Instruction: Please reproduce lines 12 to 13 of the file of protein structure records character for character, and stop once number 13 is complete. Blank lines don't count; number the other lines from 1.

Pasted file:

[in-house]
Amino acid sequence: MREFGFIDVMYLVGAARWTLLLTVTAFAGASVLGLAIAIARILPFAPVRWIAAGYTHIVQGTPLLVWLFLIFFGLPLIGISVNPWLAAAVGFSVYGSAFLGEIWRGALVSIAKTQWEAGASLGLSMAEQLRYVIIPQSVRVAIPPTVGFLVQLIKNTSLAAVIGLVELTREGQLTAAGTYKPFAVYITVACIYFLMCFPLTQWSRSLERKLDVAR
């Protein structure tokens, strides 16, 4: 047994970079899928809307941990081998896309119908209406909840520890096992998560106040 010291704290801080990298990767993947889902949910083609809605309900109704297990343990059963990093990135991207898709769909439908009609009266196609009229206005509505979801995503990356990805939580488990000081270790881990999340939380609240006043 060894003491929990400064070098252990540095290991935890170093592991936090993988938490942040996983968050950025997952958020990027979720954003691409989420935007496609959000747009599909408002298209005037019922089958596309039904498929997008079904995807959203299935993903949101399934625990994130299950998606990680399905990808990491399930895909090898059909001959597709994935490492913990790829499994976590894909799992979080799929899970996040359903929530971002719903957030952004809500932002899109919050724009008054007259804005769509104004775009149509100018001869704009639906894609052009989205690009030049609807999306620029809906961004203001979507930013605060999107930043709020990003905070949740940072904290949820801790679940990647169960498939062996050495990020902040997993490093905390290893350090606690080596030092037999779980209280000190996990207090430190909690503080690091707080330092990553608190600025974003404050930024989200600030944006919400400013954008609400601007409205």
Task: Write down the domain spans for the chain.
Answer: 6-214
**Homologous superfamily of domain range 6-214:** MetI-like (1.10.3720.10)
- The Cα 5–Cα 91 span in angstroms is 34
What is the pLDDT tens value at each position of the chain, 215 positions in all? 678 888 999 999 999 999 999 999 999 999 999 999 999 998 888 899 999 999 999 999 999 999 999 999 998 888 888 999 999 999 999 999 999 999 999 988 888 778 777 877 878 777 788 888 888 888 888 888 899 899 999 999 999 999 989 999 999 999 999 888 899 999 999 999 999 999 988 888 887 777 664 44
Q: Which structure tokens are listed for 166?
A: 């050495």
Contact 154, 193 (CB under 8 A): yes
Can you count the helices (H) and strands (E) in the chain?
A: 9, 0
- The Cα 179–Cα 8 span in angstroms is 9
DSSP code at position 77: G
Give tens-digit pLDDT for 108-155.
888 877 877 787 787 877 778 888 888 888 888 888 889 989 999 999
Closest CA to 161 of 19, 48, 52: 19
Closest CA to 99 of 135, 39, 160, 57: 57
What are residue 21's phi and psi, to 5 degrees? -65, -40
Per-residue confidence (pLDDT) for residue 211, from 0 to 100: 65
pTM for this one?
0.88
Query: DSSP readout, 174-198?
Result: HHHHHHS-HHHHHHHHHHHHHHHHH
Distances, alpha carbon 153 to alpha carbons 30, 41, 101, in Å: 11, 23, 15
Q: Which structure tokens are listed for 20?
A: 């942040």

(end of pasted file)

Can you count the helices (H) and strands (E) in the chain?
A: 9, 0